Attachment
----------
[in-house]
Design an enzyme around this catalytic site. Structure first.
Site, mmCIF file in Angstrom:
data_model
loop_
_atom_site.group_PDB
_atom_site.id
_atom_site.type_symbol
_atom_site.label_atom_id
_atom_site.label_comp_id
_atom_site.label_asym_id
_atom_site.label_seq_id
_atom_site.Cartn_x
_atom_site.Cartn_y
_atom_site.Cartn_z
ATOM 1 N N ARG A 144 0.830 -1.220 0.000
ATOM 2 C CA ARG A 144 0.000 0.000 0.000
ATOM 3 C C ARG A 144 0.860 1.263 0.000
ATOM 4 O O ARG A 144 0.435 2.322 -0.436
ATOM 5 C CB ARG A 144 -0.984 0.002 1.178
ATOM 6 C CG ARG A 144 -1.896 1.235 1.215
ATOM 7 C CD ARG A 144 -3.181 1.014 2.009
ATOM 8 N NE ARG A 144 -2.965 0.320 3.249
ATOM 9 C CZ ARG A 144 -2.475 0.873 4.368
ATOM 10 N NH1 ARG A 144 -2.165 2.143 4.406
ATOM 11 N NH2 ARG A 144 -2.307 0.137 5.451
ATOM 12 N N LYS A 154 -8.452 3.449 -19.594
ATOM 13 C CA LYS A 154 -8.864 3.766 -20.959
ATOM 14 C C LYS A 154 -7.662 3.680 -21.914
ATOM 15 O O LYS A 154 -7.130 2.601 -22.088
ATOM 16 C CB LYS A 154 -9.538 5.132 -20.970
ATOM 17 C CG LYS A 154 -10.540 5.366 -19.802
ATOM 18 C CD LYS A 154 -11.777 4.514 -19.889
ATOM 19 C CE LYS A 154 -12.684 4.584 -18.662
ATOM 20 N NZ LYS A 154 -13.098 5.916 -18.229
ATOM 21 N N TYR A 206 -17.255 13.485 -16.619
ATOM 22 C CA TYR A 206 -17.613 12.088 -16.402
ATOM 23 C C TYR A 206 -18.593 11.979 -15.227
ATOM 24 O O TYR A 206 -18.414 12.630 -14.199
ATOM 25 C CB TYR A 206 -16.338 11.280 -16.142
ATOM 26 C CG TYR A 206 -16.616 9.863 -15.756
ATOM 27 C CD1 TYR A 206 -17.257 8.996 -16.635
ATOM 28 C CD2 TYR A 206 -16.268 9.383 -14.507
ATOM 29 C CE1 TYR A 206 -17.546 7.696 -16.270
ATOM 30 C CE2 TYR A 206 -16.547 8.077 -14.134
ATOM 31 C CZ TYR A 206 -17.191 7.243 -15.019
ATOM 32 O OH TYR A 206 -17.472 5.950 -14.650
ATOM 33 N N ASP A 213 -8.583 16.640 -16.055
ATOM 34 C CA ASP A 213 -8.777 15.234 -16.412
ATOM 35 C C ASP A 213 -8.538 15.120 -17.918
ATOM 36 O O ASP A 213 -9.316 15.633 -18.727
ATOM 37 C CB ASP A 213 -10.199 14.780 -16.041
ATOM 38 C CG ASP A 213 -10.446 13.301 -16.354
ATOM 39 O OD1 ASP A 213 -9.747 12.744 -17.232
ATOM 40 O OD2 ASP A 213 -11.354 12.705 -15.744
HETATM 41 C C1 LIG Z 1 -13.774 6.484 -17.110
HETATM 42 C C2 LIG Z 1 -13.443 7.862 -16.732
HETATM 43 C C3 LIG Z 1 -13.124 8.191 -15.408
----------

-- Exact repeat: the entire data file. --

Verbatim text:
[in-house]
Design an enzyme around this catalytic site. Structure first.
Site, mmCIF file in Angstrom:
data_model
loop_
_atom_site.group_PDB
_atom_site.id
_atom_site.type_symbol
_atom_site.label_atom_id
_atom_site.label_comp_id
_atom_site.label_asym_id
_atom_site.label_seq_id
_atom_site.Cartn_x
_atom_site.Cartn_y
_atom_site.Cartn_z
ATOM 1 N N ARG A 144 0.830 -1.220 0.000
ATOM 2 C CA ARG A 144 0.000 0.000 0.000
ATOM 3 C C ARG A 144 0.860 1.263 0.000
ATOM 4 O O ARG A 144 0.435 2.322 -0.436
ATOM 5 C CB ARG A 144 -0.984 0.002 1.178
ATOM 6 C CG ARG A 144 -1.896 1.235 1.215
ATOM 7 C CD ARG A 144 -3.181 1.014 2.009
ATOM 8 N NE ARG A 144 -2.965 0.320 3.249
ATOM 9 C CZ ARG A 144 -2.475 0.873 4.368
ATOM 10 N NH1 ARG A 144 -2.165 2.143 4.406
ATOM 11 N NH2 ARG A 144 -2.307 0.137 5.451
ATOM 12 N N LYS A 154 -8.452 3.449 -19.594
ATOM 13 C CA LYS A 154 -8.864 3.766 -20.959
ATOM 14 C C LYS A 154 -7.662 3.680 -21.914
ATOM 15 O O LYS A 154 -7.130 2.601 -22.088
ATOM 16 C CB LYS A 154 -9.538 5.132 -20.970
ATOM 17 C CG LYS A 154 -10.540 5.366 -19.802
ATOM 18 C CD LYS A 154 -11.777 4.514 -19.889
ATOM 19 C CE LYS A 154 -12.684 4.584 -18.662
ATOM 20 N NZ LYS A 154 -13.098 5.916 -18.229
ATOM 21 N N TYR A 206 -17.255 13.485 -16.619
ATOM 22 C CA TYR A 206 -17.613 12.088 -16.402
ATOM 23 C C TYR A 206 -18.593 11.979 -15.227
ATOM 24 O O TYR A 206 -18.414 12.630 -14.199
ATOM 25 C CB TYR A 206 -16.338 11.280 -16.142
ATOM 26 C CG TYR A 206 -16.616 9.863 -15.756
ATOM 27 C CD1 TYR A 206 -17.257 8.996 -16.635
ATOM 28 C CD2 TYR A 206 -16.268 9.383 -14.507
ATOM 29 C CE1 TYR A 206 -17.546 7.696 -16.270
ATOM 30 C CE2 TYR A 206 -16.547 8.077 -14.134
ATOM 31 C CZ TYR A 206 -17.191 7.243 -15.019
ATOM 32 O OH TYR A 206 -17.472 5.950 -14.650
ATOM 33 N N ASP A 213 -8.583 16.640 -16.055
ATOM 34 C CA ASP A 213 -8.777 15.234 -16.412
ATOM 35 C C ASP A 213 -8.538 15.120 -17.918
ATOM 36 O O ASP A 213 -9.316 15.633 -18.727
ATOM 37 C CB ASP A 213 -10.199 14.780 -16.041
ATOM 38 C CG ASP A 213 -10.446 13.301 -16.354
ATOM 39 O OD1 ASP A 213 -9.747 12.744 -17.232
ATOM 40 O OD2 ASP A 213 -11.354 12.705 -15.744
HETATM 41 C C1 LIG Z 1 -13.774 6.484 -17.110
HETATM 42 C C2 LIG Z 1 -13.443 7.862 -16.732
HETATM 43 C C3 LIG Z 1 -13.124 8.191 -15.408